It might be possible that an unknown anhydrous sample could react with the smoke tube reagents to form a fume, so do not use this test as a firm indicator of the water content. In fact, you should never rely on a single test as a sole source of information on which to plan a response. Figure 12 shows the density of fume produced by a Sensidyne Tube 5100 Smoke Tube (Air Flow Indicator Tube) for several samples along with the solubility of the liquid in water. 5

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References
Chemical Hazards Response Information System (CHRIS), United States Coast Guard, U.S. Department of Transportation, Washington, DC, March, 1999. Drger Safety AG & Co. Flow Check Air Flow Indicator 6400761, KGaA, Lbeck, Germany, October, 2004. Irritant Smoke (Stannic Chloride) Protocol, 29 CFR 1910.134, Occupational Safety and Health Administration Department of Labor, Washington, DC, July 1, 2004. Material Safety Data Sheet 6400812,, Drger Safety AG & Co. KGaA, Lbeck, Germany, May 30, 2000. Material Safety Data Sheet 9030166, Drger Safety AG & Co. KGaA, Lbeck, Germany, January 21, 2005. Occupational Safety and Health Guideline for Heptane, http://www.osha.gov/SLTC/ healthguidelines/heptane/recognition.html, Occupational Safety and Health Administration, United States Department of Labor, Washington, DC, October 9, 2007. Occupational Safety and Health Guideline for Isopropyl Alcohol, http://www.osha.gov/SLTC/ healthguidelines/isopropylalcohol/ recognition.html, Occupational Safety and Health Administration, United States Department of Labor, Washington, DC, October 9, 2007. Sensidyne, Inc., Material Safety Data Sheet #5100, Clearwater, Florida, February, 2007. Stoner, Inc., Material Safety Data Sheet 94142, Quarryville, Pennsylvania, December 11, 2003.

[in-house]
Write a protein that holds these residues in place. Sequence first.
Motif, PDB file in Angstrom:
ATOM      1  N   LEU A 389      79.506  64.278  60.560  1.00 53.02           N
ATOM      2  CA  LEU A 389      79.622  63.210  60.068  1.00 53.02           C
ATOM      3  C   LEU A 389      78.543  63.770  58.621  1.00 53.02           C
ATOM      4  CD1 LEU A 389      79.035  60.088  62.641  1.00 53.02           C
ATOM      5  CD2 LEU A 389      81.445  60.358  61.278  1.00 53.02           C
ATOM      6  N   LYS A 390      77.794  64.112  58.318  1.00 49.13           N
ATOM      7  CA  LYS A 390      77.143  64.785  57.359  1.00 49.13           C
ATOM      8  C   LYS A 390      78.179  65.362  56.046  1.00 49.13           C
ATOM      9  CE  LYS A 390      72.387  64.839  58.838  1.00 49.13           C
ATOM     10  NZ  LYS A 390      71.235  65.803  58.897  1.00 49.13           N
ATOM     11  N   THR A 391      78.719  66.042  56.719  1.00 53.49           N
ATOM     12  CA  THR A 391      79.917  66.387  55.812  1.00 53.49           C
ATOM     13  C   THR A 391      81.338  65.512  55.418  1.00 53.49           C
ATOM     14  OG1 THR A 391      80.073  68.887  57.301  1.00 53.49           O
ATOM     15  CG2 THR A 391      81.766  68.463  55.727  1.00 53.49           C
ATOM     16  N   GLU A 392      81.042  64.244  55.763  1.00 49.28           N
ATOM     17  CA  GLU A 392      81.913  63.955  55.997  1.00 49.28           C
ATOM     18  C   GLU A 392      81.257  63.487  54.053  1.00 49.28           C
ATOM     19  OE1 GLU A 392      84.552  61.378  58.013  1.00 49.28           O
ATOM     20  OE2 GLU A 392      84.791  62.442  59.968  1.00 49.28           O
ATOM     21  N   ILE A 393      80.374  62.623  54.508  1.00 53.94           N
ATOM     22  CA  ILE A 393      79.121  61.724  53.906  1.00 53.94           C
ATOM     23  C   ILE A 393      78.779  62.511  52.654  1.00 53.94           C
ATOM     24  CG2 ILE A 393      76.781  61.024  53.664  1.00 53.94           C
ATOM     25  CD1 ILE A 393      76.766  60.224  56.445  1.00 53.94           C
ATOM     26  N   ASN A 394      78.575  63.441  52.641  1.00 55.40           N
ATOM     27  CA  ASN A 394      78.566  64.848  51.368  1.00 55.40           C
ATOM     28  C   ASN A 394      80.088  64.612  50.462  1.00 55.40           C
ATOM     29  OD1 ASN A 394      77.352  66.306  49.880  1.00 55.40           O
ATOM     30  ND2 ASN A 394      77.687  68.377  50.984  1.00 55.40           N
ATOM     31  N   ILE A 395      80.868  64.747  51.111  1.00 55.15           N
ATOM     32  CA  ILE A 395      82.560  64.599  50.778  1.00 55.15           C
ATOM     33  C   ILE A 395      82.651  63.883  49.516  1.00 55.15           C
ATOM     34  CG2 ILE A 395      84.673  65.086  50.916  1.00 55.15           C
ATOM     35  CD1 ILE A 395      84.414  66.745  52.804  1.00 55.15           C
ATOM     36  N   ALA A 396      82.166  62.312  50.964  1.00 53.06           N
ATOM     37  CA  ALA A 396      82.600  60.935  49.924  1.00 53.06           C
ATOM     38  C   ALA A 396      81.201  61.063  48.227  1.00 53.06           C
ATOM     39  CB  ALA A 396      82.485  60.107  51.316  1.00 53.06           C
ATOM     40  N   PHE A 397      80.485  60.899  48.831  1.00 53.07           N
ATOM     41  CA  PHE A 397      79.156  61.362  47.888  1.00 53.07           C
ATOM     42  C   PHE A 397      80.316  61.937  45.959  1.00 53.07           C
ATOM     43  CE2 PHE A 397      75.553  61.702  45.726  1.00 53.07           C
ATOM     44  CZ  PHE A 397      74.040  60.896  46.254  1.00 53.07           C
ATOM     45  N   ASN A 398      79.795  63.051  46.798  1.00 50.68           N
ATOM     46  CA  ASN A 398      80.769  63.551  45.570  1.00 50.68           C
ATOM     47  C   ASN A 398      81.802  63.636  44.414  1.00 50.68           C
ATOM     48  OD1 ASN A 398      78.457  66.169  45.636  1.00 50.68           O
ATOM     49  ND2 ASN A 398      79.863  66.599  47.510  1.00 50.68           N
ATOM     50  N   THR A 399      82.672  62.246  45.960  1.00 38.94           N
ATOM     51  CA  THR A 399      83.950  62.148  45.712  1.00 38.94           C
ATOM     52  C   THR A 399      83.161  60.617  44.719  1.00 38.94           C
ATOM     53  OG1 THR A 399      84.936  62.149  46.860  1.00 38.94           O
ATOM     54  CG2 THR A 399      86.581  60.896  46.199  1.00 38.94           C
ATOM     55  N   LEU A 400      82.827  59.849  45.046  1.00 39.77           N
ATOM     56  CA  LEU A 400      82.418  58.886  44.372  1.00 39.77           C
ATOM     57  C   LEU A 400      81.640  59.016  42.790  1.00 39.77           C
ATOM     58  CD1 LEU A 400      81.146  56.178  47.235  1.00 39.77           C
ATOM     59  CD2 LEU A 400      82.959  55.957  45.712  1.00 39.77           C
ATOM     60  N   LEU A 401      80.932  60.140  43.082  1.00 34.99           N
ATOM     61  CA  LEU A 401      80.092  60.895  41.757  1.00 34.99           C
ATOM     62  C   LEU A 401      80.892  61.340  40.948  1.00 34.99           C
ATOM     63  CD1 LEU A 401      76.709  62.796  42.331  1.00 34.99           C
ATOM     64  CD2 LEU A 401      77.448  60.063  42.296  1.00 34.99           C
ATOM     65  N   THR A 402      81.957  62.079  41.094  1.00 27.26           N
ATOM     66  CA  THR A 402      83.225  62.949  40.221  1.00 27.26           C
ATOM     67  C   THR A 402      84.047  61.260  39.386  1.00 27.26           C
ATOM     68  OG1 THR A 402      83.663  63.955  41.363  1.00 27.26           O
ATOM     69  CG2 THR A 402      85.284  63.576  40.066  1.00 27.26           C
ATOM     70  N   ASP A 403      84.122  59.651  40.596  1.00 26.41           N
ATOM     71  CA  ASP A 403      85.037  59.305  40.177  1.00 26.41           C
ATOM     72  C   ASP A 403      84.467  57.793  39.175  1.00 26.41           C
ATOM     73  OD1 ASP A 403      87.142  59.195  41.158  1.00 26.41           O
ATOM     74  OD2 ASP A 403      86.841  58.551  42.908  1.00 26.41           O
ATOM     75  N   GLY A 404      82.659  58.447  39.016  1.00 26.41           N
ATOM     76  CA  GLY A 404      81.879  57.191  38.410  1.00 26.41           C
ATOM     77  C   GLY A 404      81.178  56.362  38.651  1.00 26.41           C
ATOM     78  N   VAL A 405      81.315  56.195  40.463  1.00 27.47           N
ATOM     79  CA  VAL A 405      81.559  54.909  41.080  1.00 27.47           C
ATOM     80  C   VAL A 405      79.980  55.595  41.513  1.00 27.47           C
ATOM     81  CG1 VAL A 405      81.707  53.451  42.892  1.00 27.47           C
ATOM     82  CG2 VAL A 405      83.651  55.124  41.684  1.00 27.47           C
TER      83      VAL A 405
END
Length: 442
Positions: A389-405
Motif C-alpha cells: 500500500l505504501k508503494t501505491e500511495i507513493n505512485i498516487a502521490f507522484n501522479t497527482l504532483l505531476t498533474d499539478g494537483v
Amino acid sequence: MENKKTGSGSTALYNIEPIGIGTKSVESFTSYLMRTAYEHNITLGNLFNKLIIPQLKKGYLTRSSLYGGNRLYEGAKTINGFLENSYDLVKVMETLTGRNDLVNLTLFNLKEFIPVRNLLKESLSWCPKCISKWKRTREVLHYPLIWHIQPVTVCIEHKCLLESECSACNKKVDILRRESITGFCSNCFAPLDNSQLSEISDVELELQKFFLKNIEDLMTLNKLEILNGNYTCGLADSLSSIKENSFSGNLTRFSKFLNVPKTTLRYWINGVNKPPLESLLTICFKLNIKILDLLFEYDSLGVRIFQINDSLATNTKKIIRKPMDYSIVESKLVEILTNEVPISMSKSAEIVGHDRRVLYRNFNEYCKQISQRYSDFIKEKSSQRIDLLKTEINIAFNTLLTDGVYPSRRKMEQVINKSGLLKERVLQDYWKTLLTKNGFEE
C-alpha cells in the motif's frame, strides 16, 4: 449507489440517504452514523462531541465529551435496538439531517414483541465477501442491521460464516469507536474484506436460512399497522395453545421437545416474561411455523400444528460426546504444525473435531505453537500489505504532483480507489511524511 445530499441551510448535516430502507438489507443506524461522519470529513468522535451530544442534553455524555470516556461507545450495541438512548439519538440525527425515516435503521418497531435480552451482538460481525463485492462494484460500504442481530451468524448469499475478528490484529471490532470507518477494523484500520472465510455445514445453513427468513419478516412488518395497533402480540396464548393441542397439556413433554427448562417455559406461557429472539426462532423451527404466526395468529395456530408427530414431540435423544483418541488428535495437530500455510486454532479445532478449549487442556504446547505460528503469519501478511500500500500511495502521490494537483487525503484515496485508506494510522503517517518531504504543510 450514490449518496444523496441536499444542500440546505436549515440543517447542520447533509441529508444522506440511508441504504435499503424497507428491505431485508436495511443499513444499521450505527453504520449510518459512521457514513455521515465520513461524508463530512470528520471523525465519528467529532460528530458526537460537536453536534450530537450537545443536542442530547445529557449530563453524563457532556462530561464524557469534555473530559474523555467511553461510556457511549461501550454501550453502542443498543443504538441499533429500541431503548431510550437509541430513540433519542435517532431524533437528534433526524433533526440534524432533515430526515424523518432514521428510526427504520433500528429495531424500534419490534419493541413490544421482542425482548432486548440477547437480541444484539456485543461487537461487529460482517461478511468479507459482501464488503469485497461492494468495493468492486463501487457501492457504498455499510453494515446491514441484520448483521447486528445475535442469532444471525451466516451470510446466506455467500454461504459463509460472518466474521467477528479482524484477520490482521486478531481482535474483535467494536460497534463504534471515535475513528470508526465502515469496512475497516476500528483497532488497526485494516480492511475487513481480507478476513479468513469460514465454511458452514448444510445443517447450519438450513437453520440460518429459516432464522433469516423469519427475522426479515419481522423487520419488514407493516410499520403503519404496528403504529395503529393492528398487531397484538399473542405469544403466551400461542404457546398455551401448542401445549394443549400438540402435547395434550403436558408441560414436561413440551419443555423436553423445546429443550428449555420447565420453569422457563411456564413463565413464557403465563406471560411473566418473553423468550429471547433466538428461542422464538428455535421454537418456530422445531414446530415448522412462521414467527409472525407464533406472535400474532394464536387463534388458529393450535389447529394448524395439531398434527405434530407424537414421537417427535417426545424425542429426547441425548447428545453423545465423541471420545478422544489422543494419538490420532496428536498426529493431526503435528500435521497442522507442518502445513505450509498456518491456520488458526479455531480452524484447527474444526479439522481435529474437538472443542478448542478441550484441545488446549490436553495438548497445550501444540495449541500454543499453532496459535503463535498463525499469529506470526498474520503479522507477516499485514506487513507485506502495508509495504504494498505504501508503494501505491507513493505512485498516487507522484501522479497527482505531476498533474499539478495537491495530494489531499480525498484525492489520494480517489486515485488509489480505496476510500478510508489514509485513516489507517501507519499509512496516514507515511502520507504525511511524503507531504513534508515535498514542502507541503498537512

2007 Houghtons, Inc. Not intended for reproduction or distribution without the express written permission. www.HazardID.com.